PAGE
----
Is human driving about to be history?
To hear some investors and analysts tell it, self-driving cars will soon take over the industry, bringing us immense improvements in safety and efficiency.
One big-league Wall Street analyst has even gone on record predicting that private ownership of cars will essentially come to an end by 2030 or so, as fleets of robot cars-for-hire provide for our transportation needs instead.
But is this all realistic? At least one high-ranking auto executive isn't buying it -- and he wasn't shy about telling us so.
A mission to make cars for human drivers
Johan de Nysschen is a General Motors (NYSE:GM) executive vice president, and also president of GM's Cadillac luxury-car brand. He's been charged with elevating Cadillac to the top tier of global luxury-car names, and since joining GM last summer, he has taken a number of bold steps toward putting Cadillac back on the shopping lists of German-luxury-brand loyalists.
As part of that push, de Nysschen has frequently emphasized that Cadillac is now making "drivers' cars." In a nutshell, de Nysschen's argument is that brands like BMW have watered down their offerings to appeal to the broadest possible audience -- leaving an opening for a competitive luxury brand to step in with more targeted, better-handling cars.
Recent Cadillacs like the ATS and CTS sedans have certainly lived up to that message. Both have impressed critics as exceptionally nimble and fun to drive -- and de Nysschen plans to build on that critical success with several more new Cadillacs between now and the end of the decade.
But one of the biggest trends we've seen in luxury cars is the movement toward self-driving technology. Mercedes-Benz already has a model with limited self-driving capability, Tesla Motors (NASDAQ:TSLA) is rolling out similar features, and BMW and Audi -- and Cadillac -- have promised their own basic self-driving systems within a year or two.
How does de Nysschen square self-driving technology with Cadillac's mission to build "drivers' cars"?
"Precisely what we should not do"
In a nutshell, he's not buying the robot-car vision quite yet -- and he's not seeing it as a future path for Cadillac.
"I think autonomous driving is precisely what we should not do," de Nysschen told me at last week's New York International Auto Show.
But he does think there's a role for some self-driving technology in Cadillacs, even if it seems to be at odds with the brand's sports-sedan emphasis:
For me, we should harness the technology to offer driving assistance and to enhance the safety envelope. But we are a brand that focuses on making driver's cars, and so it's kind of an uncomfortable position to be in to discuss this concept.
But there are many driving circumstances where driving, as enjoyable as it is, and as fantastic as the cars might be, becomes a bit of a chore. So imagine you're in slow-moving, stop-start traffic. It might be very useful to let the car take over. If you're on a long road and it's just 10 miles of sheer uninterrupted monotony, this might be a useful circumstance that the car take over.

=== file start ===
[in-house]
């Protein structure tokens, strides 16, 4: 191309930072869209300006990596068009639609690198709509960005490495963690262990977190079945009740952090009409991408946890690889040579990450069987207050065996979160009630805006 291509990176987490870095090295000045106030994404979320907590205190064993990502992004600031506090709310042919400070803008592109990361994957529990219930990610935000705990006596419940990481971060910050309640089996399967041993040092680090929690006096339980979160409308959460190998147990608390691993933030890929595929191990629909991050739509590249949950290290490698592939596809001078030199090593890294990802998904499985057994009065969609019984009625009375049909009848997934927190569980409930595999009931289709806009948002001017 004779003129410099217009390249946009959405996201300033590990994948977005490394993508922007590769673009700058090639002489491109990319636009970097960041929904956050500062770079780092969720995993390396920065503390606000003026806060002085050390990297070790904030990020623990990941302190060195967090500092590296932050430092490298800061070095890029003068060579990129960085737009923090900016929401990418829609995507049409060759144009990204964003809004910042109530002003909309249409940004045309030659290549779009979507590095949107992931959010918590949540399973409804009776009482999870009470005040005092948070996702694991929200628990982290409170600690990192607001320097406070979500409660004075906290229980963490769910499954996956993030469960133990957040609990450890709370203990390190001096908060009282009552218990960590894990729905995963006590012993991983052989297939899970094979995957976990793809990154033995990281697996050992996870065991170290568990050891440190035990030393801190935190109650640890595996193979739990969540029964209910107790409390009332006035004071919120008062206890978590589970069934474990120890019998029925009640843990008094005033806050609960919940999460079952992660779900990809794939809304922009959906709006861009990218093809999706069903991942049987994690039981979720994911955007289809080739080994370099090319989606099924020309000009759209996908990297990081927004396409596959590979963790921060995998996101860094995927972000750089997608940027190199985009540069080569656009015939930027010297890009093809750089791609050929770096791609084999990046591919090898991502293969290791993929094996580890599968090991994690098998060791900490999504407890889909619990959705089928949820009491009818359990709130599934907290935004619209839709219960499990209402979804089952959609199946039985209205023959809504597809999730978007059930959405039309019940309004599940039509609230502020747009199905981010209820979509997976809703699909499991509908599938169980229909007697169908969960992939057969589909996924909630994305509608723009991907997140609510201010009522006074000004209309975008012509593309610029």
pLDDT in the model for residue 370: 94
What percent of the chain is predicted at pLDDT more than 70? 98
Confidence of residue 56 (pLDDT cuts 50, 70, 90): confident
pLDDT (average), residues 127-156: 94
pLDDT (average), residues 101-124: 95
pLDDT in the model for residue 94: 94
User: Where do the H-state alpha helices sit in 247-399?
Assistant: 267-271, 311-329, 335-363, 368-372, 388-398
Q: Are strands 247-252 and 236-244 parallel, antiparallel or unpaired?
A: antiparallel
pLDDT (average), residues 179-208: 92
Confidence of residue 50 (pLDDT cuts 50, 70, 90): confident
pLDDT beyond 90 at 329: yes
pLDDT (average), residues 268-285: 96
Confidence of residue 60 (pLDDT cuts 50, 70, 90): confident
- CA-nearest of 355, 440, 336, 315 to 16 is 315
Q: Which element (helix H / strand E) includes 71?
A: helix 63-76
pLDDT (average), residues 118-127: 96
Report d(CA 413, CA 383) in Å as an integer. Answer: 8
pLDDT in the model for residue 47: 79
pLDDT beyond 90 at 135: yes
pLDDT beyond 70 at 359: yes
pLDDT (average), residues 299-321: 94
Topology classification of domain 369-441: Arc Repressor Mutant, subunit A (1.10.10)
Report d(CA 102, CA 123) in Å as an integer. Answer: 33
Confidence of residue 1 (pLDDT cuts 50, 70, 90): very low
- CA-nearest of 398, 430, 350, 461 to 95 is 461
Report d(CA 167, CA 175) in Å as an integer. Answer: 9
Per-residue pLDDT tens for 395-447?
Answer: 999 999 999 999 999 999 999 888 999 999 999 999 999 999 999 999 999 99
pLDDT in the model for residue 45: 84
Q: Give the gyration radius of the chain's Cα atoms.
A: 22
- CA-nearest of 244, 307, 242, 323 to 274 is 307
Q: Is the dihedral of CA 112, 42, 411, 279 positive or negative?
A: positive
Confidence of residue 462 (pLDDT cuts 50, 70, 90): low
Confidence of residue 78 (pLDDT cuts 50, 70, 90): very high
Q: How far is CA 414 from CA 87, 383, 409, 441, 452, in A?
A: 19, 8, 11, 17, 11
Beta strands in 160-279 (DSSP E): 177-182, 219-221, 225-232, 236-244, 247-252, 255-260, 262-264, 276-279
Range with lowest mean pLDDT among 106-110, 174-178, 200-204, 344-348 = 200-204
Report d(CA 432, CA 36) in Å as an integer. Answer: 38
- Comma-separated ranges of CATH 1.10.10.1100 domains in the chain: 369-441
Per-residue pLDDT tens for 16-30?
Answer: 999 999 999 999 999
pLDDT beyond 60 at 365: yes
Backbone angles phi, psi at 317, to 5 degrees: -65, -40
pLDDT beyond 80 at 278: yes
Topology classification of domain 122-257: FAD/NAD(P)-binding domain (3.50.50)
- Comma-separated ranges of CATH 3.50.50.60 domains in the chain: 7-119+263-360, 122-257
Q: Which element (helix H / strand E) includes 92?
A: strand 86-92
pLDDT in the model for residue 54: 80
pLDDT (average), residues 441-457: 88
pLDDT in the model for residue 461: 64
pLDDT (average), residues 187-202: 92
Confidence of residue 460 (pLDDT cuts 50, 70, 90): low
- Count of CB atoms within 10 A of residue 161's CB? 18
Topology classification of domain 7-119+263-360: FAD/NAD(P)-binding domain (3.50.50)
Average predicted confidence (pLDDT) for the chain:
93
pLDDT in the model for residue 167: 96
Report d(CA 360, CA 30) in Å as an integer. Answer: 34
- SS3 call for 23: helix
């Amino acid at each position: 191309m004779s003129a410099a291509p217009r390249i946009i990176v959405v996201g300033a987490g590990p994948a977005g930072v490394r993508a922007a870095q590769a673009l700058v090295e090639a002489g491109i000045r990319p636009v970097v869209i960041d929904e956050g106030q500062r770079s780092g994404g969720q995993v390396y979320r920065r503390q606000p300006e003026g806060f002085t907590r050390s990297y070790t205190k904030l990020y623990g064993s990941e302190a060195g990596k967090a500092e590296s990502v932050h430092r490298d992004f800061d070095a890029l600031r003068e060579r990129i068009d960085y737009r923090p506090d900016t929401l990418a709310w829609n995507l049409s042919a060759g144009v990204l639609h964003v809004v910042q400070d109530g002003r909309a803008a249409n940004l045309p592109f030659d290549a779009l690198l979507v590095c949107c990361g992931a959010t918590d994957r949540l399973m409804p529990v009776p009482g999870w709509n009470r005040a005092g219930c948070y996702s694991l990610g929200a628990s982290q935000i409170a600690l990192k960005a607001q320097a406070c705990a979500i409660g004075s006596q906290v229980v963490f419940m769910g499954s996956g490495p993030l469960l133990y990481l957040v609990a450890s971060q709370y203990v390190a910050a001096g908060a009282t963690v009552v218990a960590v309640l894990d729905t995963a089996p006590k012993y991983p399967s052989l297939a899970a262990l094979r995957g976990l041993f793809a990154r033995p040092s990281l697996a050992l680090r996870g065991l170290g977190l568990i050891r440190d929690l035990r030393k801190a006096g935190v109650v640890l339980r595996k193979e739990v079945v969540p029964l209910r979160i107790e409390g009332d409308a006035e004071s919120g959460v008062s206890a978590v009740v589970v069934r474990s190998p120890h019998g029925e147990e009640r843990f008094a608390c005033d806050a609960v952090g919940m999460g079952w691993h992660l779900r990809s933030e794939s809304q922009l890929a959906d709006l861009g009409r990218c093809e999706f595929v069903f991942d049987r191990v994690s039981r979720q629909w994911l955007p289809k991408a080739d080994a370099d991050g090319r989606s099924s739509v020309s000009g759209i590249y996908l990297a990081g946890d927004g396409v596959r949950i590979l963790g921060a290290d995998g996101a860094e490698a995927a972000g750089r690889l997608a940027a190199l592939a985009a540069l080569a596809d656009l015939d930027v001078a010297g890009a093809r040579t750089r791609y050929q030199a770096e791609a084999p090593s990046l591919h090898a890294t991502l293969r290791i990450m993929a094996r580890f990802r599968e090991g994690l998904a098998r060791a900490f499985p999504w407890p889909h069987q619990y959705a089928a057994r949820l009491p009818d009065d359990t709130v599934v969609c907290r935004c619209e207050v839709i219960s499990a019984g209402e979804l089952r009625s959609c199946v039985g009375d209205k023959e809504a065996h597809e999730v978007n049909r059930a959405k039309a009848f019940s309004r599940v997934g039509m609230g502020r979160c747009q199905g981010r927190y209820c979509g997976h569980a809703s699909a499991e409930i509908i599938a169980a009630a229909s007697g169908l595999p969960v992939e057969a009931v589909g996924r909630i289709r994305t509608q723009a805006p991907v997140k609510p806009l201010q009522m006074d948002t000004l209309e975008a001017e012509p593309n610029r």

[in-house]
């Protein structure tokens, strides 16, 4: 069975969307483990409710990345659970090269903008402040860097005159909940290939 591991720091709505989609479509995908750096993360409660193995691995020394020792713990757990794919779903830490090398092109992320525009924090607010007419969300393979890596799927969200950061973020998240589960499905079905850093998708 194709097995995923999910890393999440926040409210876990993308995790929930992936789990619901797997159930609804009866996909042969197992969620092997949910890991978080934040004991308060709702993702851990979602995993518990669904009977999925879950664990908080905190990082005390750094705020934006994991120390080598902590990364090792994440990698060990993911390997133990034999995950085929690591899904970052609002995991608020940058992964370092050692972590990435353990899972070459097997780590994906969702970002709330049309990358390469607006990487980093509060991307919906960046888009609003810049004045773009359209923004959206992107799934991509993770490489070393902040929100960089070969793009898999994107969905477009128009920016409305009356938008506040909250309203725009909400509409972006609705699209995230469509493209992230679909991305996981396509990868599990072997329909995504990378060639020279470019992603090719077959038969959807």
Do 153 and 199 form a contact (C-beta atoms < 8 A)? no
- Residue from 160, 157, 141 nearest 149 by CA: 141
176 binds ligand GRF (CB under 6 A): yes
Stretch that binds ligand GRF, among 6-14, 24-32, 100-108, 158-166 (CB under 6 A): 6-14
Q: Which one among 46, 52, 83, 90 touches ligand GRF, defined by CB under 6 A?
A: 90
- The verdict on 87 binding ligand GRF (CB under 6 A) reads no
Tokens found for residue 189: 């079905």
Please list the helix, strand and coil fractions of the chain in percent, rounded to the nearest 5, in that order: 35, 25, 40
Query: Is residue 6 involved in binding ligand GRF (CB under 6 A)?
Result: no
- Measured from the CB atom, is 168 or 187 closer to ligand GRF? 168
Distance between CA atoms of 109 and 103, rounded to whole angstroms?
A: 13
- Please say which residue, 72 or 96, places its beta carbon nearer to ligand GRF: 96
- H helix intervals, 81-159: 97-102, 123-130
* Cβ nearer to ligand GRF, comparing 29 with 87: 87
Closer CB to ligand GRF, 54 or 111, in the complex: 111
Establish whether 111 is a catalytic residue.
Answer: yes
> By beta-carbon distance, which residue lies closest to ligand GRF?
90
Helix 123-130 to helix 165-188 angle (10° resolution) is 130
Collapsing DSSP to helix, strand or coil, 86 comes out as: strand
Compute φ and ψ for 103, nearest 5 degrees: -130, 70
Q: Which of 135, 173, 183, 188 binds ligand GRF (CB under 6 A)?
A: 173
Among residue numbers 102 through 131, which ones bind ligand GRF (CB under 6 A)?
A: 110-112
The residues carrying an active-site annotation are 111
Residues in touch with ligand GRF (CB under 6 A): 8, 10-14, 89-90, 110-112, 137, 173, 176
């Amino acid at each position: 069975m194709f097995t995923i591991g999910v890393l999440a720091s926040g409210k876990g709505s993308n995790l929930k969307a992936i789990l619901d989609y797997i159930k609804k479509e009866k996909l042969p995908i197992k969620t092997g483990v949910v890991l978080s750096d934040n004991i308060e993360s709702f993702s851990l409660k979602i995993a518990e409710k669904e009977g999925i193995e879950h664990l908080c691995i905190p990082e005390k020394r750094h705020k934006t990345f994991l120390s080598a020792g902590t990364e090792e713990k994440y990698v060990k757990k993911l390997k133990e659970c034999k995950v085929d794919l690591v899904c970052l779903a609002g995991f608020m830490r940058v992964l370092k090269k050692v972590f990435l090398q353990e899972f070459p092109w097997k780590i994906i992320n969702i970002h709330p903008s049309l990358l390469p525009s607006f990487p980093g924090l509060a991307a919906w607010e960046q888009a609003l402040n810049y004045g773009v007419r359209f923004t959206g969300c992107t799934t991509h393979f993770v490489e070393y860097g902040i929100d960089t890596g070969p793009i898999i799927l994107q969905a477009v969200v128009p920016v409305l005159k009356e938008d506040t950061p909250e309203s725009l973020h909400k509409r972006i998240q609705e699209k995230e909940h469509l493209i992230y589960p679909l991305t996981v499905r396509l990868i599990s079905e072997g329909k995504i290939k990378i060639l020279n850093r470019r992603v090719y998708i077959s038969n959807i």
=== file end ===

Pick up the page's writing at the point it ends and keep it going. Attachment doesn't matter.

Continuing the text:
I think this is a vision many drivers -- even enthusiasts -- might find appealing. Many of us aren't ready to hand over all of the driving chores to a computer yet -- but having the computer take over in a traffic jam sounds pretty nice.
That's essentially what Mercedes' Intelligent Drive system does (in a very limited way, at least so far), and it's what Cadillac's Super Cruise system will do when it's rolled out next year.
But going beyond that? Don't hold your breath.
The roadblocks to a self-driving future won't be technological
De Nysschen, like other auto executives I talked to in New York, thinks the roadblocks to fully self-driving cars will prove harder to surmount than many tech-minded advocates currently realize.
"We don't see [fully autonomous cars] arriving anytime soon -- not for technological reasons, but more or less for legislative reasons and a whole bunch of questions around liability," he told me. "That we'll get to the point where this utopia that is described by many in Silicon Valley -- where we are little pods that drive themselves around -- may not happen soon."
Tesla CEO Elon Musk has made a point of saying that his company's upcoming self-driving features are for use only on private property -- a nod to the fact that the laws and liability issues around this technology are far from being fully worked out.
But as de Nysschen seems to see it, that's not all that's holding the technology back. Some folks just like driving and will be reluctant to give it up altogether. De Nysschen seems determined to ensure that Cadillac, at least, will be catering to that audience for a while.
What do you think? Is Cadillac setting itself up to miss the next great technological revolution? Or is the company right to think that some drivers will resist giving up the wheel -- and will want great cars to drive (themselves) for the foreseeable future? Scroll down to leave a comment with your thoughts.